PS PhD Exit Seminar - Plant Wi-Fi : volatile signals during development
Abstract: As sessile organisms, plants have evolved a multitude of mechanisms to acclimate to their environment enabling the plant to optimise development and reproduction, and fight off or resist both biotic and abiotic stresses they may encounter through their life cycle. One such mechanism is a communication system revolving around the release of volatile organic compounds (VOCs). VOCs are extensively studied but little is known about their biosynthesis pathways and their biological functions, especially during the plant development. With the aim to discover more VOCs and their roles in the plant development, the high throughput Headspace Solid Phase Micro-Extraction Gas Chromatography coupled with Mass Spectrometry (HS-SPME-GC/MS) method, previously developed in our team, was used to identify particular chemical signatures (i.e., specific complex mixtures of VOCs) depending on the tissue type the VOCs are emitted from. A second analysis will focus on the selection of VOC candidates playing a role during different stages of floral development, to link for the first time carotenoid biosynthesis pathway and floral development.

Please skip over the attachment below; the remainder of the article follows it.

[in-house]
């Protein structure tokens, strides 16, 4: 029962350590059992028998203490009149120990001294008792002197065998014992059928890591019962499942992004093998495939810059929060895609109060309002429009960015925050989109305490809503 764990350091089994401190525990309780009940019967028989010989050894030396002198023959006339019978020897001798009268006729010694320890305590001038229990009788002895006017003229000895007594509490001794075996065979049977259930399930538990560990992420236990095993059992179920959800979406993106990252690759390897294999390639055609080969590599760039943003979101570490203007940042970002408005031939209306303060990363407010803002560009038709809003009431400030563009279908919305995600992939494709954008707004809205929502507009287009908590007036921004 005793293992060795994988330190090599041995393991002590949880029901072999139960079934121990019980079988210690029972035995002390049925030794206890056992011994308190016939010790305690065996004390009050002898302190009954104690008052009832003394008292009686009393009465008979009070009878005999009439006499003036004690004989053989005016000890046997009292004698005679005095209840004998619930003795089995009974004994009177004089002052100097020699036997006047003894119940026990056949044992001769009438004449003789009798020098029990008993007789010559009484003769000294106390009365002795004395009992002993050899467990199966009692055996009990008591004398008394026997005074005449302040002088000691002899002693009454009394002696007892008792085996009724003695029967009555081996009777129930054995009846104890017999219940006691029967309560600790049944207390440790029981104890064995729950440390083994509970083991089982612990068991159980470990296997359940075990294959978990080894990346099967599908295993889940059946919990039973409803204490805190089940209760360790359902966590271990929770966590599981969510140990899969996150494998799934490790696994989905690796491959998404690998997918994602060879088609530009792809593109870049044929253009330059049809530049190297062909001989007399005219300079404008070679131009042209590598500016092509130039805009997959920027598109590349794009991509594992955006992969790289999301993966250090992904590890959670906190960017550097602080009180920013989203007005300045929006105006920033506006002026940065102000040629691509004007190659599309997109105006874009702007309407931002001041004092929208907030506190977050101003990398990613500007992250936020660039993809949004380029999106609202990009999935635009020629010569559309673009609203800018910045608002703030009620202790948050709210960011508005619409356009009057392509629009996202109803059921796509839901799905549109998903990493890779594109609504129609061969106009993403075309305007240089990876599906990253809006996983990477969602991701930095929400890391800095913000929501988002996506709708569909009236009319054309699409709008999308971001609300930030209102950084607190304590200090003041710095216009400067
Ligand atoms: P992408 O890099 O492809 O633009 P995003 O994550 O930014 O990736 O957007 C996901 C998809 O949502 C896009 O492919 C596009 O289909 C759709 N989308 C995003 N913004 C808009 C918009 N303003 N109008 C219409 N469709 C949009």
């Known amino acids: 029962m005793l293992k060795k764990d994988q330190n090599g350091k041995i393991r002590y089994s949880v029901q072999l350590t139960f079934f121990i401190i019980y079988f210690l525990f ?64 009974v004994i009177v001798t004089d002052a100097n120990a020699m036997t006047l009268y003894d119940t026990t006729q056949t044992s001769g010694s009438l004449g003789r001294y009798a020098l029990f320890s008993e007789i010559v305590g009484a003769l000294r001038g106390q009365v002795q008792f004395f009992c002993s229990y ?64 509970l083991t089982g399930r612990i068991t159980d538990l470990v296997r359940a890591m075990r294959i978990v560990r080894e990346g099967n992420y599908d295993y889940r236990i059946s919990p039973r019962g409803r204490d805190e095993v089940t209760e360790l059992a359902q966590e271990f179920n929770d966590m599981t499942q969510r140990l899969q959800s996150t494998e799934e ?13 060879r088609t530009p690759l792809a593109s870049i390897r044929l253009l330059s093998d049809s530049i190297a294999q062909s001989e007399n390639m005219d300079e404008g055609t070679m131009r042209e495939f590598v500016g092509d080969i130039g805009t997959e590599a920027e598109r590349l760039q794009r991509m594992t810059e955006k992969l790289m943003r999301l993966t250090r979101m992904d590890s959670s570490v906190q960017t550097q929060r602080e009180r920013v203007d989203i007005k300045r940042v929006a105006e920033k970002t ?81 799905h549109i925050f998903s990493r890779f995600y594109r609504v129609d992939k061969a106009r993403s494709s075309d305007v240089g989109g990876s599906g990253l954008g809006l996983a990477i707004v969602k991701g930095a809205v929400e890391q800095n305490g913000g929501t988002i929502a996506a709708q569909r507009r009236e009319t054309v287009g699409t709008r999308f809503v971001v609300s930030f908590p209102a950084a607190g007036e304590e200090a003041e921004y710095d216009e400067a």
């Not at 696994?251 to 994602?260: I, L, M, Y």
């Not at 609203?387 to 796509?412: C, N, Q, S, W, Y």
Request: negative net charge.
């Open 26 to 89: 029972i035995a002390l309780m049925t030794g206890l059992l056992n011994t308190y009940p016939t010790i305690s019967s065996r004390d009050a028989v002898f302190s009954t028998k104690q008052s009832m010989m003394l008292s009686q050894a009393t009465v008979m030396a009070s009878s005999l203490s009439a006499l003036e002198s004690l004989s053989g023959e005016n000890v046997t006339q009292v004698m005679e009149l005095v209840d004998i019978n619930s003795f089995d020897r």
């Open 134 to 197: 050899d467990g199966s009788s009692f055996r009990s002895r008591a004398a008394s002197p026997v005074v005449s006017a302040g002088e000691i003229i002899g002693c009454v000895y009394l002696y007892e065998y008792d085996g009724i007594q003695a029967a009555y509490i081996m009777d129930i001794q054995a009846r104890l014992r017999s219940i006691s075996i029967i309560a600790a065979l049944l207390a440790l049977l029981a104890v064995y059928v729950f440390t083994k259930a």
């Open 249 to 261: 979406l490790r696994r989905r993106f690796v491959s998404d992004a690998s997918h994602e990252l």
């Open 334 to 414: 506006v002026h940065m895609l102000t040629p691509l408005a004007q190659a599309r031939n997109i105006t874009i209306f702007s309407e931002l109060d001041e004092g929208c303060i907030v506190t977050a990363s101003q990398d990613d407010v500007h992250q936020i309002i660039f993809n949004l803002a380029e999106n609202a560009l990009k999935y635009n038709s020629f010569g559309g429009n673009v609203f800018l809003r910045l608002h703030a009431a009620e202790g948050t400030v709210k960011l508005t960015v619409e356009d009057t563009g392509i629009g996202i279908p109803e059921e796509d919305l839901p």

Biography: I completed my Master degree in France in 2009 and worked on the petal size in the Bendahmane group (RDP lab, France). I then moved to Perth to work on the discovery of a new herbicide mode of action in the Mylne group (UWA). Finally, I moved to Canberra to upgrade my career by starting my PhD in the Pogson lab at ANU.